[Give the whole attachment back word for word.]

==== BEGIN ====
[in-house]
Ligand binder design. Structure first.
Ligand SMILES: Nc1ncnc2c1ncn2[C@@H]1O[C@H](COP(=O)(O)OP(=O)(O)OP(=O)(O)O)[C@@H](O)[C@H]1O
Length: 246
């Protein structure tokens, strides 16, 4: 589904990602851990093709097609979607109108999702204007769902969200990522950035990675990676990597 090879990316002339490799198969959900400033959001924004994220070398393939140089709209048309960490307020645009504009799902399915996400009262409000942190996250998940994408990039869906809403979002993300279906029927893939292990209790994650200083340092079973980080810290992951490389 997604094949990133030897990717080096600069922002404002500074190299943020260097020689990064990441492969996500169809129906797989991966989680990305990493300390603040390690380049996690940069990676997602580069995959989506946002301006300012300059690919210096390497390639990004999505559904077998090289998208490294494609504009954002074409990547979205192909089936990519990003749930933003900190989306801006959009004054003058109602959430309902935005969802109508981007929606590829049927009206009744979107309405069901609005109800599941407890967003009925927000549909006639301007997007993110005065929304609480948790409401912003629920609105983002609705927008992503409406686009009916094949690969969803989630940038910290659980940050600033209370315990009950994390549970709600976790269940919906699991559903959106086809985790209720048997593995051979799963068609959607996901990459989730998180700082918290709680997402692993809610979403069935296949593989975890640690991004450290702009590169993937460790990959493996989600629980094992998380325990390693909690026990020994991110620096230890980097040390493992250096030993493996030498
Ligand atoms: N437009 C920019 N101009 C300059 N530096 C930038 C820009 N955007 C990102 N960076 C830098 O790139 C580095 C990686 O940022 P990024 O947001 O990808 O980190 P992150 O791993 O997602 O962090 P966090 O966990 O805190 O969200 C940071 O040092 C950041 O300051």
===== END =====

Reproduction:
[in-house]
Ligand binder design. Structure first.
Ligand SMILES: Nc1ncnc2c1ncn2[C@@H]1O[C@H](COP(=O)(O)OP(=O)(O)OP(=O)(O)O)[C@@H](O)[C@H]1O
Length: 246
């Protein structure tokens, strides 16, 4: 589904990602851990093709097609979607109108999702204007769902969200990522950035990675990676990597 090879990316002339490799198969959900400033959001924004994220070398393939140089709209048309960490307020645009504009799902399915996400009262409000942190996250998940994408990039869906809403979002993300279906029927893939292990209790994650200083340092079973980080810290992951490389 997604094949990133030897990717080096600069922002404002500074190299943020260097020689990064990441492969996500169809129906797989991966989680990305990493300390603040390690380049996690940069990676997602580069995959989506946002301006300012300059690919210096390497390639990004999505559904077998090289998208490294494609504009954002074409990547979205192909089936990519990003749930933003900190989306801006959009004054003058109602959430309902935005969802109508981007929606590829049927009206009744979107309405069901609005109800599941407890967003009925927000549909006639301007997007993110005065929304609480948790409401912003629920609105983002609705927008992503409406686009009916094949690969969803989630940038910290659980940050600033209370315990009950994390549970709600976790269940919906699991559903959106086809985790209720048997593995051979799963068609959607996901990459989730998180700082918290709680997402692993809610979403069935296949593989975890640690991004450290702009590169993937460790990959493996989600629980094992998380325990390693909690026990020994991110620096230890980097040390493992250096030993493996030498
Ligand atoms: N437009 C920019 N101009 C300059 N530096 C930038 C820009 N955007 C990102 N960076 C830098 O790139 C580095 C990686 O940022 P990024 O947001 O990808 O980190 P992150 O791993 O997602 O962090 P966090 O966990 O805190 O969200 C940071 O040092 C950041 O300051």